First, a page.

We have previously proposed a method for depositing silicon dioxide films on Si from tetraethoxysilane Si(OC2H5)4 (TEOS) using ultraviolet (UV) light from a low pressure mercury lamp. In the method, an organic solution which contains TEOS is spin-coated onto a Si wafer surface to form a thin organic film which is then exposed to the UV light to synthesize silicon dioxide. The photochemical reactions responsible for the oxide formation and the thermal properties of deposited films have been investigated using infrared (IR) and UV absorption spectroscopy and thermal desorption spectroscopy (TDS). IR and UV absorption data confirm that the UV light decomposes organic compounds in the spin-coated organic film to convert the film into a silicon dioxide film. We show that some photochemical reactions responsible for the decomposition of organic compounds are two-step processes. TDS data demonstrate that the deposited film is stable from substrate heating to approximately 400°C.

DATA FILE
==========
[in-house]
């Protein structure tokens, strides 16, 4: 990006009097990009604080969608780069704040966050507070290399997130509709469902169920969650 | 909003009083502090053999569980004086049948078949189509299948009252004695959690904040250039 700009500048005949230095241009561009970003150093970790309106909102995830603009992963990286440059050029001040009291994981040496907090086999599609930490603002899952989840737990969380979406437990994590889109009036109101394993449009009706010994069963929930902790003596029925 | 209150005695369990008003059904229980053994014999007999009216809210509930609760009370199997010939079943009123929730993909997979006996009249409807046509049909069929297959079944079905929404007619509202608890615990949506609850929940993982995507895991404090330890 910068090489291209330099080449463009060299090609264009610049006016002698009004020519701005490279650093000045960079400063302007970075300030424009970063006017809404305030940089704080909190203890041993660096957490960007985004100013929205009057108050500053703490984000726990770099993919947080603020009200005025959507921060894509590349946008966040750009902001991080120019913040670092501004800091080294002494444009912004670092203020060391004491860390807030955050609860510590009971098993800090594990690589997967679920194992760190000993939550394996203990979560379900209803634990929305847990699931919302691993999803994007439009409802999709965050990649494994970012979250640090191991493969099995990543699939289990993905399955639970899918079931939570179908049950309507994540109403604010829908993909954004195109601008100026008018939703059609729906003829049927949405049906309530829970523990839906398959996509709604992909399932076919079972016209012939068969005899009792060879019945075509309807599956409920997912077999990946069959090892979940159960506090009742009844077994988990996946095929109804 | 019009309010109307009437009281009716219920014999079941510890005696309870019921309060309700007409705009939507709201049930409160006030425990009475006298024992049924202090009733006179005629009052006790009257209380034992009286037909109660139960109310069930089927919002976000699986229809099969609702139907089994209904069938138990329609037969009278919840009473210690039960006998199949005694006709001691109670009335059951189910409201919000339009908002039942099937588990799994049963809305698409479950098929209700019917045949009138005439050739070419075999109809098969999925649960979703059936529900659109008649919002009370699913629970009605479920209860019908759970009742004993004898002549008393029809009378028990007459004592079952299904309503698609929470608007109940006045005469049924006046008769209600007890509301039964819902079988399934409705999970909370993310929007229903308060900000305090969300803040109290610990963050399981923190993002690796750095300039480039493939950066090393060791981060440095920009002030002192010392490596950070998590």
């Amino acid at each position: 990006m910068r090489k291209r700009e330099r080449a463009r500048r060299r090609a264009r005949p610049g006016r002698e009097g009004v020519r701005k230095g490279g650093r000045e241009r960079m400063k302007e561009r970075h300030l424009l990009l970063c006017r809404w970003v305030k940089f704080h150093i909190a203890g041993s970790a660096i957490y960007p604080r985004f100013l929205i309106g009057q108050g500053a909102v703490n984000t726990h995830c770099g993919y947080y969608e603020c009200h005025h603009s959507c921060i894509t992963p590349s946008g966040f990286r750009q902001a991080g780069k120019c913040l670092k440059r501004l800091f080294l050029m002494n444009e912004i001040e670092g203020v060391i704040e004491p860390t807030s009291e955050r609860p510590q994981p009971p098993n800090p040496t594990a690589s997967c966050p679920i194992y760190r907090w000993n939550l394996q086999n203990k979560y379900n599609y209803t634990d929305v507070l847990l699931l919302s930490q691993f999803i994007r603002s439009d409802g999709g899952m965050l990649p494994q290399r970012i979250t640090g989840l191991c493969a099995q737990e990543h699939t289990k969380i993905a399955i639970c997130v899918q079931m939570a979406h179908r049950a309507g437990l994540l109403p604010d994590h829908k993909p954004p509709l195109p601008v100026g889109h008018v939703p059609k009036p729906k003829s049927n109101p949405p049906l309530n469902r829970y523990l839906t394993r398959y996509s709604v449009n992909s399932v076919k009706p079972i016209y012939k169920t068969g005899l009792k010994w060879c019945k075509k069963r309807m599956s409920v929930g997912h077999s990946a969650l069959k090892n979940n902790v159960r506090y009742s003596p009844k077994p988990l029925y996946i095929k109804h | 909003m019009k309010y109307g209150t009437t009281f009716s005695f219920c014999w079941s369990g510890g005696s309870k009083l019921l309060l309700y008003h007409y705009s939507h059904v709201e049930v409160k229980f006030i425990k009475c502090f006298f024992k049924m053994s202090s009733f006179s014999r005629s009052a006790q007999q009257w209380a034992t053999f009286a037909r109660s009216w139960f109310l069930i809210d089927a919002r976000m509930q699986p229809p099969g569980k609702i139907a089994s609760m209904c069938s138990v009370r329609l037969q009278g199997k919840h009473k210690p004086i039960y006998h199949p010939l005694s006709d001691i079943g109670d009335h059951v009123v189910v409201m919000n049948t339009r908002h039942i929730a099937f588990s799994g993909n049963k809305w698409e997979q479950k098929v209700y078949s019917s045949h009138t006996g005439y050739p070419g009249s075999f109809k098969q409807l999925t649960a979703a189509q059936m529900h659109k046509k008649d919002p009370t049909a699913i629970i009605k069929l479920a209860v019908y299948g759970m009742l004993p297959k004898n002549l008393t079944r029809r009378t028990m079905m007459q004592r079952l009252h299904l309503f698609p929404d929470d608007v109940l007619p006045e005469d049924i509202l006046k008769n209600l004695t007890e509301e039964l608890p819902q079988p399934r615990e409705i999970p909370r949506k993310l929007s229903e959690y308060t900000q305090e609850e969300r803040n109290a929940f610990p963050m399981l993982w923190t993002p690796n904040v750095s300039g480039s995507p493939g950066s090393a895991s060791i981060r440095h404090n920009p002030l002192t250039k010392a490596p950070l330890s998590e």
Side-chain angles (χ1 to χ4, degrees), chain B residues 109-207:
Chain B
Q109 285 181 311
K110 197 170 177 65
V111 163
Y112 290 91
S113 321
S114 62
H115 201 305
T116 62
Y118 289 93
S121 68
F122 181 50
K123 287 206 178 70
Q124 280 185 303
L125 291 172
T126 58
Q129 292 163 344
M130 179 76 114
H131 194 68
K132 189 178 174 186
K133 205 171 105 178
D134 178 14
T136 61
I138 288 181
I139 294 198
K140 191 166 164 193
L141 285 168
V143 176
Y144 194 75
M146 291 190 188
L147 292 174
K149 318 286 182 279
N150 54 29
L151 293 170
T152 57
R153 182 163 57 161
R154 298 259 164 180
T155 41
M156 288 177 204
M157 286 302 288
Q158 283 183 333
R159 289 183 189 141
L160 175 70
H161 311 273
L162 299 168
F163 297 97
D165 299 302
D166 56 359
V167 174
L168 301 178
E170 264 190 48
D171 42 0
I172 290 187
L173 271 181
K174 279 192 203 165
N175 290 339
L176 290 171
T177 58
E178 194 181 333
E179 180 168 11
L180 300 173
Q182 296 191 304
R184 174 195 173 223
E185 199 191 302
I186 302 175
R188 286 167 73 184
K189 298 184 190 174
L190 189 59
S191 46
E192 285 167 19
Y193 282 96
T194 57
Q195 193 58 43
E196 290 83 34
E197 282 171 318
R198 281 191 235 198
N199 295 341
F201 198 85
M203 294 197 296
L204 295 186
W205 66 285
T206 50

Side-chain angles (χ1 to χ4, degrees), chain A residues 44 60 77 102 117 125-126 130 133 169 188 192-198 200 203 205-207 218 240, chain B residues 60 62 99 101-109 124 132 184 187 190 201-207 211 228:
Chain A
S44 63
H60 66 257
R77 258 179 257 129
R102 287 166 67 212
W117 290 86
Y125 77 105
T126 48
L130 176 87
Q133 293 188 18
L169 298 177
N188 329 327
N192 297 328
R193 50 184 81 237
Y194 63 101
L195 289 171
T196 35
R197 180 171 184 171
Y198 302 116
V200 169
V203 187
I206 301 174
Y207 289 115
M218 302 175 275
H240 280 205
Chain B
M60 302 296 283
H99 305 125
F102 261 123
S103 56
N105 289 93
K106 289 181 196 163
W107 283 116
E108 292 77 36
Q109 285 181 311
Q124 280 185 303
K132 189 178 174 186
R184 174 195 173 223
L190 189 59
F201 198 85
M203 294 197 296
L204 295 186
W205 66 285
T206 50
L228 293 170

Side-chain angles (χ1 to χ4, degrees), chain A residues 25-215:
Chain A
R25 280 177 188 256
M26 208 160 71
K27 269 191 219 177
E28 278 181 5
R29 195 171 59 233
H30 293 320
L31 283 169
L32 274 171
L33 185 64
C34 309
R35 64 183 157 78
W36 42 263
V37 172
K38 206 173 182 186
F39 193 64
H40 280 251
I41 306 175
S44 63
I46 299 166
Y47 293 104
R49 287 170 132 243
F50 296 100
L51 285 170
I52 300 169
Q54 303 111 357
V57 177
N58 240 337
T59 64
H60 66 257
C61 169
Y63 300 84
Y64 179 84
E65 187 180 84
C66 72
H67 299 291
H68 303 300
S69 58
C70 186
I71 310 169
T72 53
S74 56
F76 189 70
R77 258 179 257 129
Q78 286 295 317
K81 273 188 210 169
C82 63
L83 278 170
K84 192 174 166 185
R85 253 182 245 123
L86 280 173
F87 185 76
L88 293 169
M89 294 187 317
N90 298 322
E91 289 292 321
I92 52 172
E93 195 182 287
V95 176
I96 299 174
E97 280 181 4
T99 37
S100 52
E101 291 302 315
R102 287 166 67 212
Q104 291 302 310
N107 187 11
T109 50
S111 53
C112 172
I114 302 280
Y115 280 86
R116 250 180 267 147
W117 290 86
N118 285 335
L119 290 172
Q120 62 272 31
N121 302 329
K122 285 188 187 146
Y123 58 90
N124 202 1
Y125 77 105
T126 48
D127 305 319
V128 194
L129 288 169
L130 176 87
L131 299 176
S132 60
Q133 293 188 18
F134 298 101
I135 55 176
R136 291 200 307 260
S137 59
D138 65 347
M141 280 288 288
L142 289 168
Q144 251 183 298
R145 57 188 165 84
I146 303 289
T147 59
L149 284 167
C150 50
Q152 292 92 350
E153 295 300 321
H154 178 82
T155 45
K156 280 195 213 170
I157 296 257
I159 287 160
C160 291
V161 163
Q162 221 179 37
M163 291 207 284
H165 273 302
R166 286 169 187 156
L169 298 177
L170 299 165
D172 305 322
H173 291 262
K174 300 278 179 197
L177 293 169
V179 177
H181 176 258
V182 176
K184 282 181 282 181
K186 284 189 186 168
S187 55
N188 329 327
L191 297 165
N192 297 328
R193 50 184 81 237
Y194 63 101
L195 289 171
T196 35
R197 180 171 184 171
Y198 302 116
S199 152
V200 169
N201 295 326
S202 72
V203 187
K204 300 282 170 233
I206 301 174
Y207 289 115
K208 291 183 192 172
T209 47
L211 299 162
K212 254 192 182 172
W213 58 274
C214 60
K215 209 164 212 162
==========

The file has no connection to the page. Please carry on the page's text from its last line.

ASJC Scopus subject areas
- Electronic, Optical and Magnetic Materials
- Renewable Energy, Sustainability and the Environment
- Surfaces, Coatings and Films
- Materials Chemistry